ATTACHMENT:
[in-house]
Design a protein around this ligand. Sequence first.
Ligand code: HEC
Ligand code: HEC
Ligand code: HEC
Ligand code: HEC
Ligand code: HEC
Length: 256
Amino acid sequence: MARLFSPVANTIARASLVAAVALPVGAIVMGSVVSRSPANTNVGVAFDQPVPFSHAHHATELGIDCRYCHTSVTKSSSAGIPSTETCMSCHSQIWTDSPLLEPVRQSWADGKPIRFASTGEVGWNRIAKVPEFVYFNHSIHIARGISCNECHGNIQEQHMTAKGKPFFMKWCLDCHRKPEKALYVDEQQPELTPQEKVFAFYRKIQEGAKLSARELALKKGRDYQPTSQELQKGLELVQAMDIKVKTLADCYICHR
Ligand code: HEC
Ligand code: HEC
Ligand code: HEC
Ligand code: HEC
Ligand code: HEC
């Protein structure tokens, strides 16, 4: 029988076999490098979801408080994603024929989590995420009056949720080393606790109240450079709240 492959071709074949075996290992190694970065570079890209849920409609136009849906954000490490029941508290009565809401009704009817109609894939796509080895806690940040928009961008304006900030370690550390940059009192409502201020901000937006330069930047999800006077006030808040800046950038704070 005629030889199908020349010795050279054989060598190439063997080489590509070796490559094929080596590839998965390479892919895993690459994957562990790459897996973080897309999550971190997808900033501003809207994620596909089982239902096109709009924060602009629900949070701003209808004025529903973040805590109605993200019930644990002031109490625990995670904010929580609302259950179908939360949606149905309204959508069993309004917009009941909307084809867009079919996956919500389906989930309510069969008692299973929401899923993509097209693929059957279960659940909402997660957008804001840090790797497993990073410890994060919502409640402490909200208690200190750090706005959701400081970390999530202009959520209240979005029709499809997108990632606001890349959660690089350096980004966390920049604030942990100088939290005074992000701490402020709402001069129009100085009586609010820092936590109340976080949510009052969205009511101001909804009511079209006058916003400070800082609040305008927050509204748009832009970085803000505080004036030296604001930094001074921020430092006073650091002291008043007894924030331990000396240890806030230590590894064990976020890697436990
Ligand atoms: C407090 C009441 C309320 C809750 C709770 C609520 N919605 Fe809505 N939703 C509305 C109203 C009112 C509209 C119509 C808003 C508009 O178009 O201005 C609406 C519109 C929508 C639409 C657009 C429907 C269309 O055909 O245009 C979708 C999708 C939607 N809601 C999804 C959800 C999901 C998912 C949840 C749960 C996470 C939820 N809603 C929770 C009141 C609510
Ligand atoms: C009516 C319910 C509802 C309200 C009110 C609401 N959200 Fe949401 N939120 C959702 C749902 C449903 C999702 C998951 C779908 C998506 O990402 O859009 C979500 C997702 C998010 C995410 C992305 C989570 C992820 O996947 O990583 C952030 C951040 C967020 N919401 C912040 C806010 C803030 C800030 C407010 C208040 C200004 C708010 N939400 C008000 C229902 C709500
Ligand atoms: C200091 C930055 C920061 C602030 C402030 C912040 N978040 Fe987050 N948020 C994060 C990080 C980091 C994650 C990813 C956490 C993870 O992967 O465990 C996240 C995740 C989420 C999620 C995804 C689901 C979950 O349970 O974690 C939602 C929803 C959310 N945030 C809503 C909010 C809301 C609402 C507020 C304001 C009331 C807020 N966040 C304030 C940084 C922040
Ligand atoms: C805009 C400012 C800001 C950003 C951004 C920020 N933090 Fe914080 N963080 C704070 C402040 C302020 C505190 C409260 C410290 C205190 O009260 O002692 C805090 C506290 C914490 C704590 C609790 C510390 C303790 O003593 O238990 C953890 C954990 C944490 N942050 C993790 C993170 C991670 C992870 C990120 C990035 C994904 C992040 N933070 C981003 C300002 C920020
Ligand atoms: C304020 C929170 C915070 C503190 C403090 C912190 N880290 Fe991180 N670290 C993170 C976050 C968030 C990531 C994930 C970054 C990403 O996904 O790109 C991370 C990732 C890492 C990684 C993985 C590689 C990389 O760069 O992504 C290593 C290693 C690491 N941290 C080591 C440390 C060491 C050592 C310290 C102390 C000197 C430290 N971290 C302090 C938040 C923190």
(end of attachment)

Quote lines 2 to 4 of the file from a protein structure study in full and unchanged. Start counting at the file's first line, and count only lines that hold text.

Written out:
Design a protein around this ligand. Sequence first.
Ligand code: HEC
Ligand code: HEC